When the Twin Towers fell on Sept. 11, 2001, 343 firefighters with the New York City Fire Department sacrificed their lives while saving other people. Almost two decades after the terrorist attacks, their children are blossoming into a new generation of the Bravest.
Dozens of legacy firefighters have signed on since 2001, but The FDNY academy’s class of 2019 will graduate in two weeks. The legacy class includes 13 members (12 men, and 1 woman), among them some whose fathers died during the attacks and others that died after due to illnesses they contracted from their recovery work at ground zero.
“Bravery runs in these extraordinary families who have sacrificed so much for our city. I’m proud of the commitment these probies have already demonstrated to the department and look forward to celebrating with them at their graduation,” Fire Commissioner Daniel Nigro told the NY Post.
The class also includes some siblings, two sons of a fallen hero and even a son and daughter of a firefighter, who all want to honor their beloved fathers.
In 2015, Brendan Stackpole (pictured above on the right) followed his father Capt. Timothy Stackpole’s lead, according to InspireMore.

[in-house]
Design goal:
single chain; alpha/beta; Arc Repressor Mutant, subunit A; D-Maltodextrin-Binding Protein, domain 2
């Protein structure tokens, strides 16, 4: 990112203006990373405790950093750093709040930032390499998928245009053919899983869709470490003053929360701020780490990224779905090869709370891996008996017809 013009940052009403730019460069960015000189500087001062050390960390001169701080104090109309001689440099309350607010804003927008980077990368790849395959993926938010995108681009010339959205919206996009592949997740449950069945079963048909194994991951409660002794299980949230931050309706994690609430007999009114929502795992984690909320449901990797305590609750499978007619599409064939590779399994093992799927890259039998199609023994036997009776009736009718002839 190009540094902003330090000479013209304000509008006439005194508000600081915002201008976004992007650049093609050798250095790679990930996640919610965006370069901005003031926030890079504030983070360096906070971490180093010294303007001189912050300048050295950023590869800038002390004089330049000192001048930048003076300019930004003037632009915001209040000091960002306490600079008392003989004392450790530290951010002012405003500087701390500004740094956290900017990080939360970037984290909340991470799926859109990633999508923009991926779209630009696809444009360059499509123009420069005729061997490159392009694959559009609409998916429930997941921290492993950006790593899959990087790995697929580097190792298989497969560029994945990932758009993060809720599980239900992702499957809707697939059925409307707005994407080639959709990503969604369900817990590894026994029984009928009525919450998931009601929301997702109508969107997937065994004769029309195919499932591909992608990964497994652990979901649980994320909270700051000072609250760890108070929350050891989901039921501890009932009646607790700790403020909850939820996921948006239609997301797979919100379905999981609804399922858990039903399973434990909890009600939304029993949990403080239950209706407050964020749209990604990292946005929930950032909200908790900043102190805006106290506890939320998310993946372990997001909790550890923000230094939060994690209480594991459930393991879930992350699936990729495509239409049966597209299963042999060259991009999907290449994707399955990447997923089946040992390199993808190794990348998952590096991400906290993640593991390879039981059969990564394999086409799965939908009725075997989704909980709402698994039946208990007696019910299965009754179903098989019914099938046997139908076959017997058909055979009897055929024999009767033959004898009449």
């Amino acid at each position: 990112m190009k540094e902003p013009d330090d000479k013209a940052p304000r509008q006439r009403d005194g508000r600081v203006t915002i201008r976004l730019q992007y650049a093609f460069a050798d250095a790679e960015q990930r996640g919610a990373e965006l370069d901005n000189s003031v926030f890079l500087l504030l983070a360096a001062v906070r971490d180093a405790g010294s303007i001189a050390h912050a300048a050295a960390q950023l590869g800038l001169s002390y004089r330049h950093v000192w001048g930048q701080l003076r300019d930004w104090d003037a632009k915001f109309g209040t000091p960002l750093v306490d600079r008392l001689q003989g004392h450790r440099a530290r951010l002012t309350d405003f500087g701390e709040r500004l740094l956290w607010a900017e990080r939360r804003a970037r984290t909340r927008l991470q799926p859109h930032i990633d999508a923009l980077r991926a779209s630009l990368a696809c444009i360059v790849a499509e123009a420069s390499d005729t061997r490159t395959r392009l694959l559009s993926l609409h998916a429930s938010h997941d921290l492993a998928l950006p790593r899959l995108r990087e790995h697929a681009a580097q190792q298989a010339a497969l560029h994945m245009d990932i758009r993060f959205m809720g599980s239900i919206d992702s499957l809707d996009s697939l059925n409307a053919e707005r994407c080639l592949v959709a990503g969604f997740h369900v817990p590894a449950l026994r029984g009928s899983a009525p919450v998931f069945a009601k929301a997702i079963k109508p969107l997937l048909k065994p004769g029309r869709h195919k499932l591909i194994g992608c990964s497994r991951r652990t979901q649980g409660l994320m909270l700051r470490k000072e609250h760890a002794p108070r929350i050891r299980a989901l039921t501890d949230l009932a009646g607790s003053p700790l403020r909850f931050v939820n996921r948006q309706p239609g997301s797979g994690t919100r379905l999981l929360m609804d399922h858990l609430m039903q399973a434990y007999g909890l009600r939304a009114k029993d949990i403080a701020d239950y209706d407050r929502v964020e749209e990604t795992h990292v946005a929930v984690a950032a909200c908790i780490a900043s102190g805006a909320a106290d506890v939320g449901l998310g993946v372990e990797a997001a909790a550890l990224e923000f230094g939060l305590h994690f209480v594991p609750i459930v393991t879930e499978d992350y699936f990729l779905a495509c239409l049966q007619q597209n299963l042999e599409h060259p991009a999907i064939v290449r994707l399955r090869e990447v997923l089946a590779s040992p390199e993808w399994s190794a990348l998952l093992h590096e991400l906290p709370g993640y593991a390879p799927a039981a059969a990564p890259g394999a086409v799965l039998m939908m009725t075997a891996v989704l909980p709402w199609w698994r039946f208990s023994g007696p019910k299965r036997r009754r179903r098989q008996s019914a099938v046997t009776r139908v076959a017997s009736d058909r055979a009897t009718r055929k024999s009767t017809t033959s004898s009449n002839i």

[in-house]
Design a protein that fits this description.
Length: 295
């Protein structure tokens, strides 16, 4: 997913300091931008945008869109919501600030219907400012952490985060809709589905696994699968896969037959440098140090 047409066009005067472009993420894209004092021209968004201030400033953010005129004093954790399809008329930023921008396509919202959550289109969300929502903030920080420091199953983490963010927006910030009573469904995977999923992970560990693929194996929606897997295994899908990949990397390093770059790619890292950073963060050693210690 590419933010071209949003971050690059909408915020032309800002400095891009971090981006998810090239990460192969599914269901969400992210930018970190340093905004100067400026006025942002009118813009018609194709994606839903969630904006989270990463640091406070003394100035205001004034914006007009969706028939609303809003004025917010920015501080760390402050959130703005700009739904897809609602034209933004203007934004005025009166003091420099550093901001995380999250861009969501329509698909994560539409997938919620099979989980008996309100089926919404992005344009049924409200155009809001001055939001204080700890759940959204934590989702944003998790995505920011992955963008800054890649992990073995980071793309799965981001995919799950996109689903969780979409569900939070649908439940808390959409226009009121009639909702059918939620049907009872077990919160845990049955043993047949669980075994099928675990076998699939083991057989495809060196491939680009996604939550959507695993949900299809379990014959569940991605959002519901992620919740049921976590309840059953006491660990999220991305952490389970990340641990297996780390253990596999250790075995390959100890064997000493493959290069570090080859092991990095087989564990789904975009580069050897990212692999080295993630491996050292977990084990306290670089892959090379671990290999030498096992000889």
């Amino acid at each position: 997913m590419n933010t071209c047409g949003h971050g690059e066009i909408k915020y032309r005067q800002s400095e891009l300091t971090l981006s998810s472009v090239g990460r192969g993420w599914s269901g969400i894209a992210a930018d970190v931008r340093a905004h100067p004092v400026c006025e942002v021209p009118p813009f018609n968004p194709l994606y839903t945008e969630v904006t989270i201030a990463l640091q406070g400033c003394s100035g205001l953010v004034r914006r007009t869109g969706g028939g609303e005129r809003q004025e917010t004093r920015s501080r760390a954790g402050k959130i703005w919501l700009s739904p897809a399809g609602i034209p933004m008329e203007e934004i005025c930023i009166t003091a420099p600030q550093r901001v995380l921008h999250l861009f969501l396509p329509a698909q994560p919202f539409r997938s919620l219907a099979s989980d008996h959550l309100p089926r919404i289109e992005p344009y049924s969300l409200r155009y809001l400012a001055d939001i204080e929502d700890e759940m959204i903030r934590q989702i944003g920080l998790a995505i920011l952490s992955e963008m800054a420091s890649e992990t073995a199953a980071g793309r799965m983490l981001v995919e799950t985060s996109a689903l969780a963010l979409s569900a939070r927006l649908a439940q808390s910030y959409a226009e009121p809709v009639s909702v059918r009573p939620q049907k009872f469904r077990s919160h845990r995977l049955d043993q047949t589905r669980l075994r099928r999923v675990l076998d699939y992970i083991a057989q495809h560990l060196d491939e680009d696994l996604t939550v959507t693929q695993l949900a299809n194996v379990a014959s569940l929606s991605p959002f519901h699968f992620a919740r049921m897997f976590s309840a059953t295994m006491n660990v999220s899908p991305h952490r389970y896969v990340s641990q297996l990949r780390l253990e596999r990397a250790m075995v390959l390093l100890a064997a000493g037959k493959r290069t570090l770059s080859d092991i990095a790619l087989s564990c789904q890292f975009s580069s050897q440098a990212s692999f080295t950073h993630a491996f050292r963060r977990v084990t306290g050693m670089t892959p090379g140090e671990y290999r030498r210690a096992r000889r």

“This has been a dream of mine since before he passed. I want to carry on the tradition,” Bendan Stackpole said.
Matthew Asaro (pictured above on the left), 30, was in the same class as Brendan and joined the force after his older brother Carl, 31, did. This year, his mother, Heloiza Asaro, is also “very proud” of his youngest siblings Marc, 25, and Rebecca, 27, who are in the class of 2019.
“They wanted to honor their father, to help people like he did. Even if he hadn’t died, they would have become firefighters. Since they were little kids, the fireman was Santa Claus. The fireman organized the picnics,” Heloiza Asaro said.
Carl Asaro (L) and his son Marc Asaro.
Matthew Jovic is another legacy. He was just a baby when his father Anthony Jovic died. He grew up without his father and now is eager to begin his firefighting career after graduation.
“When he got in, I got real emotional. It was always about joining the FDNY,” James Foti, 22, said about his brother Robert, who just turned 27, joining FDNY in the footsteps of their father, Robert Joseph Foti of Ladder Co. 7. “There are no negatives. We know the risks. We always liked helping people.”
James, who was 4 years old when their dad died, has a landscaping business in Long Island but plans to take the next FDNY entrance exam in four years.
“I think it’s a great tribute to their dads. It’s quite inspirational to hear that they’re following in their fathers’ footsteps,” said Gerard Fitzgerald, president of the Uniformed Firefighters Association.